9 Story Media Group Comes Up Short Of Expectations Again With ‘Garfield & Friends: Season 3’ Set

Courtesy: 9 Story Media Group

If it’s not broken, don’t fix it.  Everybody knows that timeless adage.  Even knowing the hugely important mantra, some out there refuse to acknowledge that famed words of wisdom.  9 Story Media Group is among that mass.  The company has proven that already with the release of the first two seasons of the classic animated series Garfield & Friends on DVD.  Now with the forthcoming release of the series’ third season later this month, the company has once again ignored the noted recommendation.  That is evidenced through the most notable of the set’s negatives, its general presentation.  This will be discussed a little later.  While the general presentation detracts quite a bit from the forthcoming set to a point, it does not make the set a complete loss.  There are at least a couple of positives, the most important being the featured shorts.  This will be addressed shortly.  The set’s packaging couples with its episodes to make the collection at least a limited success.

9 Story Entertainment Group’s forthcoming release of Garfield & Friends: Season 3 is a moderately positive new release from the company, at best.  As with the series’ previous DVD sets released by the company, it is a collection that even with its positives, still leaves audiences wanting for more.  The set’s featured shorts are collectively one of the collection’s rare positives.  The shorts are just as entertaining in this season as in any of the show’s other four seasons.  One of the most memorable and enjoyable of the season’s shorts comes late in the season’s run in the form of the U.S. Acres short “Barn of Fear II.”  This short’s story once takes audiences back to the farm’s haunted old barn.  Orson and company’s ancestors save the day again after Orson’s brothers plot to tie up Orson and his friends and steal their harvest.  Wade’s reaction at seeing the ghosts of the group’s ancestors is classic to say the very least.  The tricks that the ghosts use to save the day, and the reaction of Orson’s brothers at being stopped are just as great. That the writers managed to avoid a certain sense of redundancy with this “sequel” to “Barn of Fear” puts the finishing touch to the short.  All things considered, the short stands out as one of the season’s best moments.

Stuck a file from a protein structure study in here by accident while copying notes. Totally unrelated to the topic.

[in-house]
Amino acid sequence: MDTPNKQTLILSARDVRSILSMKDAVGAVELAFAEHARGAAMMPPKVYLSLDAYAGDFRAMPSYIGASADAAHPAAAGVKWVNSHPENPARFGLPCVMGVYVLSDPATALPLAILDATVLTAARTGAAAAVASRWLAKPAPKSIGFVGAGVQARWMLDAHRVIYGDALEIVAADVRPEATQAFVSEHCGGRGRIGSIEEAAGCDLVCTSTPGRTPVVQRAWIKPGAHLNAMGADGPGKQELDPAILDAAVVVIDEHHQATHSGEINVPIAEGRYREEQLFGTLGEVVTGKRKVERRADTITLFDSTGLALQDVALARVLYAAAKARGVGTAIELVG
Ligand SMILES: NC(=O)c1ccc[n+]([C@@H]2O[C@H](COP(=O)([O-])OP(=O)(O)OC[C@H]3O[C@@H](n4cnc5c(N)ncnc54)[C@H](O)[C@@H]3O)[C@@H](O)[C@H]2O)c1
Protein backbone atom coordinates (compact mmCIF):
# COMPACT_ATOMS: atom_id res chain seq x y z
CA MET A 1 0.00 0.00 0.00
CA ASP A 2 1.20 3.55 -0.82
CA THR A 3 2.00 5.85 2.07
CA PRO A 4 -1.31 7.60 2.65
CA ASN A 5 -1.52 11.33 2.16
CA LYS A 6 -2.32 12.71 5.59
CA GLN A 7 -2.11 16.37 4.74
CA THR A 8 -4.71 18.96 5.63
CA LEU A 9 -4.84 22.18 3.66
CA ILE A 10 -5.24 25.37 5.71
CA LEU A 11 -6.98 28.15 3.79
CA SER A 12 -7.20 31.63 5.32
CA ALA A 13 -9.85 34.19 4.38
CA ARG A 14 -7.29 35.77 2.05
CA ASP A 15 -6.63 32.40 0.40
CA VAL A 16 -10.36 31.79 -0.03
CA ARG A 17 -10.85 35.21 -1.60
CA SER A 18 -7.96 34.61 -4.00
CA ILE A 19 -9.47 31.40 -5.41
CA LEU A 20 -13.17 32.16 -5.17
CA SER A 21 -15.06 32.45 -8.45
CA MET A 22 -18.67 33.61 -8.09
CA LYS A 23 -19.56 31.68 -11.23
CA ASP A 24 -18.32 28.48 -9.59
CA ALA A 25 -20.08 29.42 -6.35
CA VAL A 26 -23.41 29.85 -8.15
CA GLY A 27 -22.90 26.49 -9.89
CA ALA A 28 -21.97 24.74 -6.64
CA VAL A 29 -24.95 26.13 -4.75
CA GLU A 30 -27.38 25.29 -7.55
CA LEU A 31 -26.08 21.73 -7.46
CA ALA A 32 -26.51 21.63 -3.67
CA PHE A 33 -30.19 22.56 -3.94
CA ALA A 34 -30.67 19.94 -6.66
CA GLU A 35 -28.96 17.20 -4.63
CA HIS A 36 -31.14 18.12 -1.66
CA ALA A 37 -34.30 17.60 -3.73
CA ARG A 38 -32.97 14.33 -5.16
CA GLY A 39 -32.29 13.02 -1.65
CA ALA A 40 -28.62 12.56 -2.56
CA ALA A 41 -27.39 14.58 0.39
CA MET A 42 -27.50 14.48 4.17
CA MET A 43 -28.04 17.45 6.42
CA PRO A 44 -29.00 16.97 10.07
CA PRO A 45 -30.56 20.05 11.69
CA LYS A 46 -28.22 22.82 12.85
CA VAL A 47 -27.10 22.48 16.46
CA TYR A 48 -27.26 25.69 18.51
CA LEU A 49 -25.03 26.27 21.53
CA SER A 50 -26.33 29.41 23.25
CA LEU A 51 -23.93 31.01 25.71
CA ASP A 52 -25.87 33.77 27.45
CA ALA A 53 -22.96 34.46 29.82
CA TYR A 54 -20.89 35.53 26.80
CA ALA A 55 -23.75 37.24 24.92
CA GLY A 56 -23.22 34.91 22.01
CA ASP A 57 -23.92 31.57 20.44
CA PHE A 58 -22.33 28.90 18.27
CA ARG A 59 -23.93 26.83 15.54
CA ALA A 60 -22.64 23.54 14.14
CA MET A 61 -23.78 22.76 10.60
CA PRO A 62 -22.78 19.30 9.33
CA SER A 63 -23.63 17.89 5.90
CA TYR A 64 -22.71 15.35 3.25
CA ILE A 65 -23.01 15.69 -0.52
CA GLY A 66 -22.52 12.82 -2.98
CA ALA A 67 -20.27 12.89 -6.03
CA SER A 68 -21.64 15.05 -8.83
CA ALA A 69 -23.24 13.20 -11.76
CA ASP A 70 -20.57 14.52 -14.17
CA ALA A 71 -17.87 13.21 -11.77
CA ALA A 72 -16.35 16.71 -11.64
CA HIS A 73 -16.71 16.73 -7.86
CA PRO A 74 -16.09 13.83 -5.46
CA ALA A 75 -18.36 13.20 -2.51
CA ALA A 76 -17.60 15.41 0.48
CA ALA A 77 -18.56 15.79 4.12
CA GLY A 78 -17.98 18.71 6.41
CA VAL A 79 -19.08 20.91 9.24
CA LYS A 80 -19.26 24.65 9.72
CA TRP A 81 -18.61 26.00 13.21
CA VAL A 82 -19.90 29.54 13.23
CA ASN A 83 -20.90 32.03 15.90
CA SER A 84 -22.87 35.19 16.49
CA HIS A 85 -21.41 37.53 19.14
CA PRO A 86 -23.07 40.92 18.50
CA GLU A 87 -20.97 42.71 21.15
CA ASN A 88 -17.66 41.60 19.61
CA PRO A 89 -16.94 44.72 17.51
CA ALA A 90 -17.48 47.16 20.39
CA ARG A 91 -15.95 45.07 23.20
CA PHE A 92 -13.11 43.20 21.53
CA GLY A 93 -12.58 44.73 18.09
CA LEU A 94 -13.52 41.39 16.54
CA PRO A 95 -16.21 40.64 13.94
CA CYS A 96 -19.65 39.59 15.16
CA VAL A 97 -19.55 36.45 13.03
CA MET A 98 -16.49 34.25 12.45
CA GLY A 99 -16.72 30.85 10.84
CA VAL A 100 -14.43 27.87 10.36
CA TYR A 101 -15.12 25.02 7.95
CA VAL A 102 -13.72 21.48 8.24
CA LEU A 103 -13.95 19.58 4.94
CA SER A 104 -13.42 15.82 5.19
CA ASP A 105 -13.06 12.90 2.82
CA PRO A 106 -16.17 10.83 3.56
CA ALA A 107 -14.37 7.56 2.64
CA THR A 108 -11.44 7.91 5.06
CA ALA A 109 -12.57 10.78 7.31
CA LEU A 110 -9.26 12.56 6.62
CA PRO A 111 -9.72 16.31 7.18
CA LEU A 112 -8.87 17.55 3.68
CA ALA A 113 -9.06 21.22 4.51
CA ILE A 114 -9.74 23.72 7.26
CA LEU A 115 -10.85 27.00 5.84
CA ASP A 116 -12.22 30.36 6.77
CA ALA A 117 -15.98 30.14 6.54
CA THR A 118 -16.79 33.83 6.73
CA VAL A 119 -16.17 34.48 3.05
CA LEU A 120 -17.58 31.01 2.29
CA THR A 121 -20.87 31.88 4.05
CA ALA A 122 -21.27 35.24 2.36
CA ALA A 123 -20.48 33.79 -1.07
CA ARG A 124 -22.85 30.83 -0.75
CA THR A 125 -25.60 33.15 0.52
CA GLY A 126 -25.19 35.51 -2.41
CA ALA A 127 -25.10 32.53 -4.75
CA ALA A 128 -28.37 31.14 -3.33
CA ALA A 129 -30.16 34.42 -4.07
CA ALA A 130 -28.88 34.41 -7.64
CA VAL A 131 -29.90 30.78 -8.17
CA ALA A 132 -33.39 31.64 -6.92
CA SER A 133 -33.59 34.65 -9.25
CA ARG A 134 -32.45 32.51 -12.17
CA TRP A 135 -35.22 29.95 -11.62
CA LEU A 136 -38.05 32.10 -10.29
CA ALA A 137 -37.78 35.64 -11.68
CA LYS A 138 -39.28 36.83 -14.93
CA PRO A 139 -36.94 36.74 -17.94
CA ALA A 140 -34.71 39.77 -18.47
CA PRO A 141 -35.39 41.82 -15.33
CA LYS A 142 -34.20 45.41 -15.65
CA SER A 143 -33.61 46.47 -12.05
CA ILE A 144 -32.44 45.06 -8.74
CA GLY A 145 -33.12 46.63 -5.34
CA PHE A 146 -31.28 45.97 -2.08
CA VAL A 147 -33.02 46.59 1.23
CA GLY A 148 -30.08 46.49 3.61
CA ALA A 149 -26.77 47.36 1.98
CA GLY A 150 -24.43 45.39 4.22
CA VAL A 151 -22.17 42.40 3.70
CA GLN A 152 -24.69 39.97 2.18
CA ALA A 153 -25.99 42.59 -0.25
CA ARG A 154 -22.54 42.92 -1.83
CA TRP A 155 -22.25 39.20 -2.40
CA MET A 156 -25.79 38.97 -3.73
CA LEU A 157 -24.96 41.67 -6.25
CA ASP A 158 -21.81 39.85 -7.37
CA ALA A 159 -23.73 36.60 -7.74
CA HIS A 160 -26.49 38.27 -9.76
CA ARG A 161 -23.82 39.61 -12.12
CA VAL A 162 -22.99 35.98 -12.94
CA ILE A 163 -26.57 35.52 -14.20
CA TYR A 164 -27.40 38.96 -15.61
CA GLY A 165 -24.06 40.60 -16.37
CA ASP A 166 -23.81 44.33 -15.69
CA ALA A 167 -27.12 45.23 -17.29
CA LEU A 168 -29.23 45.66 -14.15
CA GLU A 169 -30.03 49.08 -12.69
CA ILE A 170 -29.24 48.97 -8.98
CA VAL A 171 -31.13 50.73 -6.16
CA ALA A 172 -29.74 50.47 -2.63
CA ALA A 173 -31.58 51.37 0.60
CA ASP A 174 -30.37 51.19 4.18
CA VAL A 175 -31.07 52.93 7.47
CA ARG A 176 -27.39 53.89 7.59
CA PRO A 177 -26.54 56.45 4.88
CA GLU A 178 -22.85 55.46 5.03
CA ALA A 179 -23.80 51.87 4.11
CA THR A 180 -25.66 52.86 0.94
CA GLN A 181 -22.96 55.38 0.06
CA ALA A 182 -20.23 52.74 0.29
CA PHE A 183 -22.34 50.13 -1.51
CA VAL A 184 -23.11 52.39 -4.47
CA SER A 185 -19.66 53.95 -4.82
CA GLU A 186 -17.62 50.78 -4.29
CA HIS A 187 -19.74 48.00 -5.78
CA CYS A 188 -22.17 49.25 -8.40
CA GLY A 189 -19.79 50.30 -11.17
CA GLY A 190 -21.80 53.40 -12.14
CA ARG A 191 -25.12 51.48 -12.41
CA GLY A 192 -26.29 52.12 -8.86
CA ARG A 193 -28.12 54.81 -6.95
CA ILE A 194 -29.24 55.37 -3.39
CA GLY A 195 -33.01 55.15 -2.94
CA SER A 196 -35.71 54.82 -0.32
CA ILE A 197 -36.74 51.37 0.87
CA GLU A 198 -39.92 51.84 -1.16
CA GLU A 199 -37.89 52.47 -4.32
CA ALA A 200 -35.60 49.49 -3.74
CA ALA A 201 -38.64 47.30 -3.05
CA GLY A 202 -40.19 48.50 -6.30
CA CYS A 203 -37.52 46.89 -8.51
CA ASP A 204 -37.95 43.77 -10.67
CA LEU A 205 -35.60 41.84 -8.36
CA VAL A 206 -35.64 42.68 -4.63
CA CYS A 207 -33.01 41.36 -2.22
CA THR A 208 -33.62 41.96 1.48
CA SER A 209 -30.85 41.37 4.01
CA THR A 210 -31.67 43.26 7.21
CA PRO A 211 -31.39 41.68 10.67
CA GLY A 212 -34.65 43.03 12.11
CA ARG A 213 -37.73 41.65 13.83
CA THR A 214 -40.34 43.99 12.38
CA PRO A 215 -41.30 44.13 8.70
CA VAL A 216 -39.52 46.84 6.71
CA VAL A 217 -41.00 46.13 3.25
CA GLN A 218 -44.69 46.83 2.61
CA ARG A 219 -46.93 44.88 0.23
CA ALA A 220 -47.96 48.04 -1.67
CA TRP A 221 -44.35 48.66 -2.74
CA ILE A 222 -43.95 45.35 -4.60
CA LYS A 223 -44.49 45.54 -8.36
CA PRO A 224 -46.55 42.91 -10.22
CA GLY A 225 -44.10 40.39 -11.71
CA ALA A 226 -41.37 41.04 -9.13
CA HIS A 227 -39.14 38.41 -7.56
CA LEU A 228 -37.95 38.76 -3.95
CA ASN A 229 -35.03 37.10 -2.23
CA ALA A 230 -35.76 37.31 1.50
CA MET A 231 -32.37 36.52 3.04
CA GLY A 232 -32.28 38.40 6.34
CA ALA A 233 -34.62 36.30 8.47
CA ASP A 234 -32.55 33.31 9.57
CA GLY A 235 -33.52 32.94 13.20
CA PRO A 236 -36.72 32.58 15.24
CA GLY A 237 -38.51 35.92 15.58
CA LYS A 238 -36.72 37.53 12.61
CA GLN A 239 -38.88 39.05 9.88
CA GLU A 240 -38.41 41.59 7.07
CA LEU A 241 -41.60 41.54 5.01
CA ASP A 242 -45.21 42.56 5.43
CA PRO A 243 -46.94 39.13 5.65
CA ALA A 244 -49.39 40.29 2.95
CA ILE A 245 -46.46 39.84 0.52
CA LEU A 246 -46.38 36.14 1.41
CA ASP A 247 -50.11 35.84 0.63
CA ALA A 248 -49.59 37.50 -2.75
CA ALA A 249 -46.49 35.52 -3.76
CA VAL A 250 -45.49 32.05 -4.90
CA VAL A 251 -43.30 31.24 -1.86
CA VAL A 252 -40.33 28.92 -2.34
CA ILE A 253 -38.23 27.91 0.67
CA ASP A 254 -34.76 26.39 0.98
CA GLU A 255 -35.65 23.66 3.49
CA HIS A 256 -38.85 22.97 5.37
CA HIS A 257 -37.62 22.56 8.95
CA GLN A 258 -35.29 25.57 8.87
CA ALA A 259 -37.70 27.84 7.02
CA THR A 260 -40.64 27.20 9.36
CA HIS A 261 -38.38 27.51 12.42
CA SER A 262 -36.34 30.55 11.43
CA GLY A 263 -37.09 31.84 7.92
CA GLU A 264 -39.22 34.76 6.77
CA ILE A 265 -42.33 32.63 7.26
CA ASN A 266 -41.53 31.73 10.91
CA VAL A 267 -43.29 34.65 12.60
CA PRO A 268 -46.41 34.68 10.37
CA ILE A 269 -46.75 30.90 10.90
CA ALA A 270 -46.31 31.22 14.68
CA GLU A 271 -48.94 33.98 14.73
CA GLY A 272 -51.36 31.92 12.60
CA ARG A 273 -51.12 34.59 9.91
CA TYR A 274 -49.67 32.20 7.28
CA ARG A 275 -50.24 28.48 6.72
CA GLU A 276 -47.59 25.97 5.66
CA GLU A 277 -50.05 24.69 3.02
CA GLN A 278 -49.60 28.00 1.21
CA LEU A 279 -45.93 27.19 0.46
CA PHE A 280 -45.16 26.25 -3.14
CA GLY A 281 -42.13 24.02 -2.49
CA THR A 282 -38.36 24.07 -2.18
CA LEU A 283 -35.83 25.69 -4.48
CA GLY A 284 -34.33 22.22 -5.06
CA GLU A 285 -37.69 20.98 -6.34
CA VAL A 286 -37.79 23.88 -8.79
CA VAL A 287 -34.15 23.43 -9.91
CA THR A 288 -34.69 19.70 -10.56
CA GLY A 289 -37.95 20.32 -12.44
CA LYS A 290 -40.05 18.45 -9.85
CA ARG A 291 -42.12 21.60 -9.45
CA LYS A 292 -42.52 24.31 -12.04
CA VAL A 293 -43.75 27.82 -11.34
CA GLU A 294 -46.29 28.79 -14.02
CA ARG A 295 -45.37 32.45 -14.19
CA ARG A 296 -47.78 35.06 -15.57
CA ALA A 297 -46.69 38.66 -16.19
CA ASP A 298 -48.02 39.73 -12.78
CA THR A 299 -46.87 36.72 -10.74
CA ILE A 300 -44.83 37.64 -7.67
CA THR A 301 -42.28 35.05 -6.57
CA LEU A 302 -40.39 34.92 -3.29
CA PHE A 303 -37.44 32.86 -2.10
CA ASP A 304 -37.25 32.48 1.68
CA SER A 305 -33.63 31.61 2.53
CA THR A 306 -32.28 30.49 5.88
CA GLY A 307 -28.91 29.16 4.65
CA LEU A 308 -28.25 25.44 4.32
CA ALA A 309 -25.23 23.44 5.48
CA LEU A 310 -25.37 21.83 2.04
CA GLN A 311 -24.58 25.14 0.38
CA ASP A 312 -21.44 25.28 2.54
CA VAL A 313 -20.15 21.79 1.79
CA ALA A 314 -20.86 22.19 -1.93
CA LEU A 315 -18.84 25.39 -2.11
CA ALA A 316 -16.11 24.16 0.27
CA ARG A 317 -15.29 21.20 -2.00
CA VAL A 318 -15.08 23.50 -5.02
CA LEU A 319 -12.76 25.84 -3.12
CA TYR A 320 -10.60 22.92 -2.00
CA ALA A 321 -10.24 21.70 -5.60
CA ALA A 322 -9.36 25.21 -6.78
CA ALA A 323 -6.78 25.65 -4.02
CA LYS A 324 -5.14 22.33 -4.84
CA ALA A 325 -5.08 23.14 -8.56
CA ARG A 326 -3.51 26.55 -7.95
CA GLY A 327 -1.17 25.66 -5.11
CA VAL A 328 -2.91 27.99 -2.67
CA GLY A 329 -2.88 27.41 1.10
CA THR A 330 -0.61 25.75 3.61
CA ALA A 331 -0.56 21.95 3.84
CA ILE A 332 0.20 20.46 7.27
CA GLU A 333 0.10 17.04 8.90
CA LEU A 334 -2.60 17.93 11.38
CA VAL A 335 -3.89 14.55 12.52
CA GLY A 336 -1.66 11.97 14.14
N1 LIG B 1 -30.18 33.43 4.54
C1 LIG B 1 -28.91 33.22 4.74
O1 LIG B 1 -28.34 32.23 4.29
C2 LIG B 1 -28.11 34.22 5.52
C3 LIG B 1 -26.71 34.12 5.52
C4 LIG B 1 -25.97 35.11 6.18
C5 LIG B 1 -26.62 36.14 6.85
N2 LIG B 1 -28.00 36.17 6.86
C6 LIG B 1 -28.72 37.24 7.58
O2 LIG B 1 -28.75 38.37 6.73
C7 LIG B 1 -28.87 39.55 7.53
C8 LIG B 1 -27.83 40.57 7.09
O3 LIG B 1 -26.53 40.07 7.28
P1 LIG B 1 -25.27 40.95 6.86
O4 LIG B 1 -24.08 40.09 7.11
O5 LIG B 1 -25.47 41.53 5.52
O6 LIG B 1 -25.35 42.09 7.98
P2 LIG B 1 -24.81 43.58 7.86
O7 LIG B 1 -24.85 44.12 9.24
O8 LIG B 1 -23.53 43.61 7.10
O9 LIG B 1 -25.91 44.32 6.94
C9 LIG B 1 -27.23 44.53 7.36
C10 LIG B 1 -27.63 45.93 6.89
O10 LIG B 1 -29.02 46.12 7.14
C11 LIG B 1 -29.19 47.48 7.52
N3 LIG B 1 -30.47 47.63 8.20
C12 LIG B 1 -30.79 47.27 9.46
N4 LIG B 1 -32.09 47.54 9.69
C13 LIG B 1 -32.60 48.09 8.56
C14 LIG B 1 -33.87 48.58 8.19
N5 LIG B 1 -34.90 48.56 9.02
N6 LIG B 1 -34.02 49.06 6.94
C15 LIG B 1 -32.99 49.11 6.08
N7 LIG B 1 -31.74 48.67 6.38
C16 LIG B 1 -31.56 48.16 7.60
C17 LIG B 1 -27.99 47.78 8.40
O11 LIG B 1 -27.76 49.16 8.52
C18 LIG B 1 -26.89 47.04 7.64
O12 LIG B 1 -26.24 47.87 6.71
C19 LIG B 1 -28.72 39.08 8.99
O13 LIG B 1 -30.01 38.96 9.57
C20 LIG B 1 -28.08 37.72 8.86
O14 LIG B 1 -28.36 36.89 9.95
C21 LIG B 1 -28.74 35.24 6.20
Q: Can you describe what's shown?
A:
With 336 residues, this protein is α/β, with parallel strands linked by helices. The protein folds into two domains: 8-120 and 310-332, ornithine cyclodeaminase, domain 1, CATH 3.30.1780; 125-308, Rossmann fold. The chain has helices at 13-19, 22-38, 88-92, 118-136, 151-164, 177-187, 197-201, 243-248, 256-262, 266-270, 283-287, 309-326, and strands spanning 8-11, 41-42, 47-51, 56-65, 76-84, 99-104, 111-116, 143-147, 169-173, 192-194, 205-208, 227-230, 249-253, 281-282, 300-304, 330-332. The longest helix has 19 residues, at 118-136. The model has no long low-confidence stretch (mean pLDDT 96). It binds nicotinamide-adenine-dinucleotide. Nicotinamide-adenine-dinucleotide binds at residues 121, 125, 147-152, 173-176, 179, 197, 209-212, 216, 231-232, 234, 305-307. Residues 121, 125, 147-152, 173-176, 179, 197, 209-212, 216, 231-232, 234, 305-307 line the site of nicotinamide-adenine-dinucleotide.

The Garfield short “How The West Was Lost” is another of the season’s most memorable moments.  This episode features returning character Cactus Jake, who was voiced throughout the series by Pat Buttram (Robin HoodThe AristocatsThe Fox and the Hound), out of a job after his ranch is automated.  Jake tries a variety of fields, but to no success.  It shows you can take the cowboy out of the west, but you can’t take the west out of the cowboy.  Thanks to Garfield, Jake ends up getting his job back after Garfield sabotages some of the ranch’s robots to prove mechanization is not the answer to the workplace.  That very adult topic is another example of what made this series so far ahead of it’s time, along with the likes of “TV of Tomorrow” and other shorts.  It is a matter that grown-ups are sure to love.  The comic aspects of the short will appeal to audiences of all ages, meanwhile.  It’s yet another way in which the season’s shorts prove so important to its presentation.  The U.S. Acres short “Secrets of the Animated Cartoon” is yet another unforgettable moment from this season.